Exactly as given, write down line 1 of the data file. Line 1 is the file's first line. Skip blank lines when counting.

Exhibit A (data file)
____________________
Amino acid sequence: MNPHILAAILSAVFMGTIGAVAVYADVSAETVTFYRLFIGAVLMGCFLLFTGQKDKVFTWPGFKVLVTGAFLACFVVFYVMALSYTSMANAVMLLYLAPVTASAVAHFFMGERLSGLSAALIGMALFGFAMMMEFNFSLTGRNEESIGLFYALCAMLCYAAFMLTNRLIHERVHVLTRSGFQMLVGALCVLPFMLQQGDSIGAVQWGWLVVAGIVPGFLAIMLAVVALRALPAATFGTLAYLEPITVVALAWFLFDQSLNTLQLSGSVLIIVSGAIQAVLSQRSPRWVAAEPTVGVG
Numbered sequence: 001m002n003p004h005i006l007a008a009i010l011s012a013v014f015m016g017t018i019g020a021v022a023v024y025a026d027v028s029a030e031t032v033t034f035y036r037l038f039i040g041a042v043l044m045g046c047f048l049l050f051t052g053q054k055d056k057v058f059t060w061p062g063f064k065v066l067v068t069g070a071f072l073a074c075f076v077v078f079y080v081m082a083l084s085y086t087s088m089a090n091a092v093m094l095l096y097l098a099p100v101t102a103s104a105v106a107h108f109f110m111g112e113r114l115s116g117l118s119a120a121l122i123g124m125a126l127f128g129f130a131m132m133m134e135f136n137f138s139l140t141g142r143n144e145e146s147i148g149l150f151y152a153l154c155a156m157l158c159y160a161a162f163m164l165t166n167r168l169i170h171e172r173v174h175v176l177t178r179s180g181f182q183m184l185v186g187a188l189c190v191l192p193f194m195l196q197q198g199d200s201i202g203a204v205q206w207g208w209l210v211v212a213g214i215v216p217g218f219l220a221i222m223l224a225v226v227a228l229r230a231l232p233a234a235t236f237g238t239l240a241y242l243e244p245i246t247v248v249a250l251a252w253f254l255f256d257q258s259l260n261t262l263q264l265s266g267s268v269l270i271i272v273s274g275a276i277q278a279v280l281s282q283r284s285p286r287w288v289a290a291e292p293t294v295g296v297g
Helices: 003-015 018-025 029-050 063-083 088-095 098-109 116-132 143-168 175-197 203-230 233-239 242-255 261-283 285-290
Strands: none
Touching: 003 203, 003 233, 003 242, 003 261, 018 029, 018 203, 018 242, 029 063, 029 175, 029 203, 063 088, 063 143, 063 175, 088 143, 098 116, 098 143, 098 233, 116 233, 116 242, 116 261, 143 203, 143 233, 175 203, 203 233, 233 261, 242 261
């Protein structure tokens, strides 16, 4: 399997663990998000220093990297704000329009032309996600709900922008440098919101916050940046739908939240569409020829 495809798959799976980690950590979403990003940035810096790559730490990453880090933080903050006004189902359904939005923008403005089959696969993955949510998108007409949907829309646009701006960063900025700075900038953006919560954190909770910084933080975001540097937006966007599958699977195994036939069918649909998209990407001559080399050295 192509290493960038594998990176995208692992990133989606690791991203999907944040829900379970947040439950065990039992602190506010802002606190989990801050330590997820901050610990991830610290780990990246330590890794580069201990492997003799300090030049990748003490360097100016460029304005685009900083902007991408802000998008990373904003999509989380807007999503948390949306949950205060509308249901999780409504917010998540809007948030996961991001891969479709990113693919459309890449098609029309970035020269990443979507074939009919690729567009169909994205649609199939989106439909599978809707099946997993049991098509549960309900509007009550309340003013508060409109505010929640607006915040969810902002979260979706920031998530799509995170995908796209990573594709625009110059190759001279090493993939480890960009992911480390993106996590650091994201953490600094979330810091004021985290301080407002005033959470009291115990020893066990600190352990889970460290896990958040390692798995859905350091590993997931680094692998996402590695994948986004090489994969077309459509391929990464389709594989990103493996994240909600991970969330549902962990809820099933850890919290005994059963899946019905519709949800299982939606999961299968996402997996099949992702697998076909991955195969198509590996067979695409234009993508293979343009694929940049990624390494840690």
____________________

Amino acid sequence: MNPHILAAILSAVFMGTIGAVAVYADVSAETVTFYRLFIGAVLMGCFLLFTGQKDKVFTWPGFKVLVTGAFLACFVVFYVMALSYTSMANAVMLLYLAPVTASAVAHFFMGERLSGLSAALIGMALFGFAMMMEFNFSLTGRNEESIGLFYALCAMLCYAAFMLTNRLIHERVHVLTRSGFQMLVGALCVLPFMLQQGDSIGAVQWGWLVVAGIVPGFLAIMLAVVALRALPAATFGTLAYLEPITVVALAWFLFDQSLNTLQLSGSVLIIVSGAIQAVLSQRSPRWVAAEPTVGVG